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Ethan Bronner l Complaint Accuses U.S. Judge in Texas of Racial Bias l NYT l 6.4.13

Ethan Bronner l Complaint Accuses U.S. Judge in Texas of Racial Bias l NYT l 6.4.13

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Historia Chicana 
10 June 2013
 
 
New York Time
 
URL:
Accessed: 10 June 2013
 
Complaint Accuses U.S. Judge in Texas of Racial Bia
 
By Ethan Bronner
Published: June 4, 2013
 
Associated Press
 
Judge Edith H. Jones.
 
A group of civil rights organizations and legal ethicists filed a complaint of misconduct against a senior federal judge on Tuesday, alleging that recent remarksof hers showed bias against minority groups and an inappropriate religious belief in the death penalty.
 
 
The complaint, against Judge Edith H. Jones of Houston, who sits on the UnitedStates Court of Appeals for the Fifth Circuit, asserts that at a speech at the Universityof Pennsylvania Law School in February she said that blacks and Hispanics weremore prone than others to commit violent crimes and that a death sentence was aservice to defendants because it allowed them to make peace with God.The complaint is signed by representatives of, among others, the League of UnitedLatin American Citizens, the Texas Civil Rights Project and the Mexican CapitalLegal Assistance Program and cites a number of people who attended the lecture.A spokesman for the law school, Steven Barnes, said that the Federalist Society, theconservative group that hosted the speech, did not record it and that there appeared to be no transcript.A request for 
comment left with Judge Jones’s chambers in Houston was not
immediately answered.According to the complaint, Judge Jones, 64, who was nominated to the bench byPresident Ronald Reagan, and who until recently was the chief judge of the FifthCircuit and mentioned during Republican administrations as a possible Supreme Court
nominee, said that “racial groups like African
-Americans and Hispanics are
 predisposed to crime.”The complaint says such statements violated the judicial code’s requirement that a
 judge be impartial and avoid damaging public confidence in the judiciary.One of the affidavits accompanying the complaint is from Marc Bookman, a veterandeath penalty lawyer in Pennsylvania, who attended the lecture. He quoted Judge
Jones as saying, “Sadl
y, some groups seem to commit more heinous crimes than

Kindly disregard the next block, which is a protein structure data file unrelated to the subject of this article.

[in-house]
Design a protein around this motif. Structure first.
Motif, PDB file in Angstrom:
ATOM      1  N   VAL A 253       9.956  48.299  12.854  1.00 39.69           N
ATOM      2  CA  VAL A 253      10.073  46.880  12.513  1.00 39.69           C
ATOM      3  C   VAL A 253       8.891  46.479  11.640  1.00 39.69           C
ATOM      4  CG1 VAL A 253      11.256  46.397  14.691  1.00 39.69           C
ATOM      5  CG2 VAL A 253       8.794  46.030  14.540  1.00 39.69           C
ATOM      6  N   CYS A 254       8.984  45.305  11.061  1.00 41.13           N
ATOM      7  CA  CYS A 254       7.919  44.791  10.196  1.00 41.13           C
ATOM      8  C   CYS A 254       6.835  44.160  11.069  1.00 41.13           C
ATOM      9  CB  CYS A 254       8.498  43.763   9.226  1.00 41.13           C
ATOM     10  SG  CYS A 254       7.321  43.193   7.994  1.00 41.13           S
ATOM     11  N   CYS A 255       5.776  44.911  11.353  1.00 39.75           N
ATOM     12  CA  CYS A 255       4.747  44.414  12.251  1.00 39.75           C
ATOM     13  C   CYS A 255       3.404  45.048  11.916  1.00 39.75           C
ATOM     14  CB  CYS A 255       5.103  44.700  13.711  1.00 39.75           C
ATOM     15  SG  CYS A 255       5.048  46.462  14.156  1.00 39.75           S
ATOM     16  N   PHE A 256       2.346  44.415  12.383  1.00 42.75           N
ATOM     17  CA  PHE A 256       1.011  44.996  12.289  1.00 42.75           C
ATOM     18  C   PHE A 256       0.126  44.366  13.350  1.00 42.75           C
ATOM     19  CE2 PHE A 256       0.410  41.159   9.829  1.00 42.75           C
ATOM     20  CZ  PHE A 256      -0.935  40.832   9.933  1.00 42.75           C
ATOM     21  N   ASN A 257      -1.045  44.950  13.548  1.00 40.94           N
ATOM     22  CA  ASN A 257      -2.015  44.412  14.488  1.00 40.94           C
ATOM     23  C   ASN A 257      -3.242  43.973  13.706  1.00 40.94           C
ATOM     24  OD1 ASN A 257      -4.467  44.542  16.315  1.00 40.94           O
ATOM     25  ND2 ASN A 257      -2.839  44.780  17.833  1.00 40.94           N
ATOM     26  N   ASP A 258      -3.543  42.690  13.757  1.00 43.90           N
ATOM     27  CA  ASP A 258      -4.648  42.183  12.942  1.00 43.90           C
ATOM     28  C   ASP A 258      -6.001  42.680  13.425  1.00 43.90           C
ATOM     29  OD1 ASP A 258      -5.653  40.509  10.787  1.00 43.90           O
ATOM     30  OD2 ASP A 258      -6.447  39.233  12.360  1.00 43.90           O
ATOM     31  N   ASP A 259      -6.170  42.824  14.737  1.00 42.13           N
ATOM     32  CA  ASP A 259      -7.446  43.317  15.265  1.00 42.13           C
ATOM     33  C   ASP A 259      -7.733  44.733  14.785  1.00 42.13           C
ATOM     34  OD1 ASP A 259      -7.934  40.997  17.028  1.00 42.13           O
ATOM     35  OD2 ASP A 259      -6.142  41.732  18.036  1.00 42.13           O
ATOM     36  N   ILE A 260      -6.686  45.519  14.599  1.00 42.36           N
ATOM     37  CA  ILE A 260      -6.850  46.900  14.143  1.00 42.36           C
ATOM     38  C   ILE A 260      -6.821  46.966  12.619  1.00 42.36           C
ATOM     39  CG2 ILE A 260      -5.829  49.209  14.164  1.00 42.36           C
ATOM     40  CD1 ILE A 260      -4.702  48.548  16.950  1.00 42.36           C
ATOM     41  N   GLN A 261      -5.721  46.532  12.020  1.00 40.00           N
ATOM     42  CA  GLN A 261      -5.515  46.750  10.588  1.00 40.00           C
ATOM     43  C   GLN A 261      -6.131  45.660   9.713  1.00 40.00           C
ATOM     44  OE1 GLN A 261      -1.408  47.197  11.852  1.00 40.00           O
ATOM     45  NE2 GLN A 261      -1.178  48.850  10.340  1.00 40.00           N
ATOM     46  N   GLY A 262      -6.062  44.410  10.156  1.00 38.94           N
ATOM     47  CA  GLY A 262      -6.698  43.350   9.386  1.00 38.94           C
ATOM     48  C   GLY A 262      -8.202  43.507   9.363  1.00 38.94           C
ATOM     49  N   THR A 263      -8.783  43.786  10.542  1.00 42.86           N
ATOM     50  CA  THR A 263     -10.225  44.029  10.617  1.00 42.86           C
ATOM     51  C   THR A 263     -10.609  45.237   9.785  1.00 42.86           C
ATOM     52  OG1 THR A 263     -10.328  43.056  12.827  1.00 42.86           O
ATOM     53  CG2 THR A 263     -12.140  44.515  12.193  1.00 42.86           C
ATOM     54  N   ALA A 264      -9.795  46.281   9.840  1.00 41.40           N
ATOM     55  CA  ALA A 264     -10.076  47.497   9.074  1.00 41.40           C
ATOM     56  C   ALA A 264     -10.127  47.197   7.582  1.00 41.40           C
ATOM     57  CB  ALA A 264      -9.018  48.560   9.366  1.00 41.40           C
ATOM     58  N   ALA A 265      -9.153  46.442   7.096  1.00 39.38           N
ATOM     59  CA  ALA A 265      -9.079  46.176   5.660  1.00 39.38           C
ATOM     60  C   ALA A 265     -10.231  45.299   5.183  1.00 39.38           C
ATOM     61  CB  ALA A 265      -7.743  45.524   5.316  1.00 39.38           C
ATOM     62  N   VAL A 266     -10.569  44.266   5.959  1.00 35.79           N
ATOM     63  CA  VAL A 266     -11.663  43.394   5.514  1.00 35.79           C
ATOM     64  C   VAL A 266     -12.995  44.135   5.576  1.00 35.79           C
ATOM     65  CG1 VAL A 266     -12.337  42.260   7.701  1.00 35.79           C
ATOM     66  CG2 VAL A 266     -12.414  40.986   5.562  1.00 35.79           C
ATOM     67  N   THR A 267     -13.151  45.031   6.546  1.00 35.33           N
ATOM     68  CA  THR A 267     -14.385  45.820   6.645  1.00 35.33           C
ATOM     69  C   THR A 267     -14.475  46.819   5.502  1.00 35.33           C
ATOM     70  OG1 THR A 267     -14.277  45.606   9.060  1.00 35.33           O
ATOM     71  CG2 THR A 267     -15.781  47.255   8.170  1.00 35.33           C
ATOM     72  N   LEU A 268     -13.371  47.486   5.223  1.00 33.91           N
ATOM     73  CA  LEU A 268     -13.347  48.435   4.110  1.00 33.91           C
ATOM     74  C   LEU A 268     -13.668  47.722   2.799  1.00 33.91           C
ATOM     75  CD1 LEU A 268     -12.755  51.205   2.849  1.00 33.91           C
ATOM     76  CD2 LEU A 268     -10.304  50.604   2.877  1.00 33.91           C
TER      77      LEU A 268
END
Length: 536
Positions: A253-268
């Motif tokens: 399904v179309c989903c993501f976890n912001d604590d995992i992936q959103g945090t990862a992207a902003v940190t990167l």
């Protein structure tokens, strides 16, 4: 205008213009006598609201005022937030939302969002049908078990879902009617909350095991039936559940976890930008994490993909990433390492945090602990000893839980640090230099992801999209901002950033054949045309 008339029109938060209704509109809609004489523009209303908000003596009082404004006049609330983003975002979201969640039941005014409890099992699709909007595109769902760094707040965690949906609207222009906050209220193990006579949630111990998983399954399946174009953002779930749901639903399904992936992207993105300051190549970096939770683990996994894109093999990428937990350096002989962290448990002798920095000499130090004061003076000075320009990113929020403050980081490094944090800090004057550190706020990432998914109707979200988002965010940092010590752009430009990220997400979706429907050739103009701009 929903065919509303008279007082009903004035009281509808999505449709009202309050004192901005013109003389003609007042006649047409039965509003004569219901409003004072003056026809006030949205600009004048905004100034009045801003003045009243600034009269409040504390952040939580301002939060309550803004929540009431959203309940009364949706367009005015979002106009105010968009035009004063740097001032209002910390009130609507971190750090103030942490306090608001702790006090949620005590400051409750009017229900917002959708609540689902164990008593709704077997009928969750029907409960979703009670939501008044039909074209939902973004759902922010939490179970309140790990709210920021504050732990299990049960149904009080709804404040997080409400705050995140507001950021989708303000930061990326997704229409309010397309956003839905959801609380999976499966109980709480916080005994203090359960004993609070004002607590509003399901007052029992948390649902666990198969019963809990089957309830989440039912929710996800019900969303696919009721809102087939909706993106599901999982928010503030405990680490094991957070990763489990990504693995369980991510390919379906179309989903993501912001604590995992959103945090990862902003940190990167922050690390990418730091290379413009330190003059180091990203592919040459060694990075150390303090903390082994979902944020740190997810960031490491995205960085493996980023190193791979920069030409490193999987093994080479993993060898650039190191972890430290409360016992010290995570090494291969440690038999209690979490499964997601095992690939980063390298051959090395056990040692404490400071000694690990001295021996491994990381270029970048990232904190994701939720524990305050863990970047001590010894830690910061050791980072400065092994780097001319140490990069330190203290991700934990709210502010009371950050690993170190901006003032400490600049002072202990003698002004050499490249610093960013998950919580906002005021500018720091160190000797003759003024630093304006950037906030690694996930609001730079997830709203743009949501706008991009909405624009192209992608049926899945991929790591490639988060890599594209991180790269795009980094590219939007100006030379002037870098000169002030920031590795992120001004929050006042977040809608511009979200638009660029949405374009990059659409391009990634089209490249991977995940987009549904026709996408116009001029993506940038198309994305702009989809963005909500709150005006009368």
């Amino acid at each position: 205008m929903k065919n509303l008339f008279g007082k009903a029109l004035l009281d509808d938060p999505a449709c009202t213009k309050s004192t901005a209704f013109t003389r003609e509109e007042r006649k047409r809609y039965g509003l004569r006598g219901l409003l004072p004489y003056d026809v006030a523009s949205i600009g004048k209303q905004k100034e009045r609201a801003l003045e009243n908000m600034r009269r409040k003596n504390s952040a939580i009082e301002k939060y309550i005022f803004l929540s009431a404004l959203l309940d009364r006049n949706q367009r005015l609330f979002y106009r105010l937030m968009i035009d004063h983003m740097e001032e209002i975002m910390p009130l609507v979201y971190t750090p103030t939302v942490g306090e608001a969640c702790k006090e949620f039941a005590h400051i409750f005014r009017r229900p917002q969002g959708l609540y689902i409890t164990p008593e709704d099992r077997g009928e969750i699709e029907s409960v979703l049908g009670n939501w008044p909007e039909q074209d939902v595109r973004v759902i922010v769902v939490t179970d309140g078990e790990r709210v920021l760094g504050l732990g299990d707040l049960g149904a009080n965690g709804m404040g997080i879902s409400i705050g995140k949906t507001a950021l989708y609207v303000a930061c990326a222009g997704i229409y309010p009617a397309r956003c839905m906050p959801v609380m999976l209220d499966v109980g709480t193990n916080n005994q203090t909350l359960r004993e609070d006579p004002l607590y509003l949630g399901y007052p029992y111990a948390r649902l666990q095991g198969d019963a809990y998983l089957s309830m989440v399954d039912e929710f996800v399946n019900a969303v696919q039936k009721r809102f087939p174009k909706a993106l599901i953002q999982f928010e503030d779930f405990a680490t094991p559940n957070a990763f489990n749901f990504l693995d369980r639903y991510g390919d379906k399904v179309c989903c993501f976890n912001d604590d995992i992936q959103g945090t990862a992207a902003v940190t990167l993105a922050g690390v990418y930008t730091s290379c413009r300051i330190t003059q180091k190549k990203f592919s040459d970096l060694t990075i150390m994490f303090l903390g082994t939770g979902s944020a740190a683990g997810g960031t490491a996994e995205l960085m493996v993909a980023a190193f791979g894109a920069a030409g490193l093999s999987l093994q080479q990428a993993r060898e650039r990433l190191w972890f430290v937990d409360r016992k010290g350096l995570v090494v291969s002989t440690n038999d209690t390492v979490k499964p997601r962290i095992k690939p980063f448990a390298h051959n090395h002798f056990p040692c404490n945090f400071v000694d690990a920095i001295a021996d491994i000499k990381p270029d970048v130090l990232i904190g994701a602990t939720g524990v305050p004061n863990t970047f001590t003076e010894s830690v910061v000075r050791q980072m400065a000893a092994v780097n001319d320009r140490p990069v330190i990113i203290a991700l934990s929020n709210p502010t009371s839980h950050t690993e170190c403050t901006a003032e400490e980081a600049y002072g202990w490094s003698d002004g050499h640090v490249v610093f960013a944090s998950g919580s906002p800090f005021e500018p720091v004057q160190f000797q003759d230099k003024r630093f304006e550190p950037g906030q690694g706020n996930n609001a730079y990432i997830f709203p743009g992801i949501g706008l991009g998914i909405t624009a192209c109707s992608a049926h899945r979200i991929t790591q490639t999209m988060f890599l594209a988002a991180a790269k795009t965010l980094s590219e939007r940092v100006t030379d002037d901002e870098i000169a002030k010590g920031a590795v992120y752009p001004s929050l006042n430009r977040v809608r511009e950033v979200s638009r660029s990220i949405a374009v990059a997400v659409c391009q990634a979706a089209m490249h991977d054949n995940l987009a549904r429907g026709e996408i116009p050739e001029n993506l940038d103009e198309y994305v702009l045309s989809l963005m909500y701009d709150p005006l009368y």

others.” When asked to elaborate, Judge Jones “noted there was no arguing that‘blacks’ and ‘Hispanics’ far outnumber ‘Anglos’ on death row and repeated that‘sadly’ people from these racial groups do get involved in more violent crime,” the
affidavit said.Mr. Bookman said in a telephone interview that when the judge was questioned by
angry students, “She defensively backed off what she had said or, at least, what the
audience had interpreted it to me
an.”
 
Another affidavit is from James M. McCormack, former chief disciplinary counsel for 
the Texas bar, who said that based on the complaint, “it is my opinion that Judge
Jones violated the ethical standards applicable to federal judges under the Code of 
Conduct for United States judges.”
Judge Jones is alleged to have said that the defenses often offered in capital cases,
including mental retardation and systemic racism, were “red herrings.” She also said,
according to the witnesses, that Mexicans would prefer to be on death row in theUnited States rather than in prison in Mexico.
Charles W. Wolfram, one of the country’s experts in legal ethics who is retired fromCornell Law School, said Judge Jones’s alleged statements were a cause of great
concern.
“If I were a parent of a black with borderline IQ accused in a capital case, would I bedistressed in knowing that Judge Jones was sitting on my case?” he asked in atelephone interview. “Yes, I would. She seems to have made up her mind on these
issues. Sh
e is slanted. That is the whole point of the impartiality requirement.”
Stephen Gillers, a legal ethics scholar at New York University, said that if JudgeJones really did say that death penalties serve the condemned by forcing them to faceGod, that was troubling.
“If a judge were to say that during sentencing, that sentence would be vacated,” hesaid. “It suggests that she believes she is helping the accused by giving a deathsentence. That is totally inappropriate.” He said the central question concern
ing her alleged statements about race and crime depended heavily on tone and context.
The fate of the complaint now lies with the circuit’s chief judge, Carl E. Stewart of 
Louisiana, the first black in the job. He could dismiss it, speak privately with JudgeJones or order an investigation and set up a committee of judges either in his circuit or another one. Most complaints against judges, many of which come from inmates, aredismissed.
A version of this article appeared in print on June 5, 2013, on page A17 of the New York edition with the headline: Complaint Accuses U.S. Judge in Texas of Racial Bias.
 
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Historia Chicana 
 

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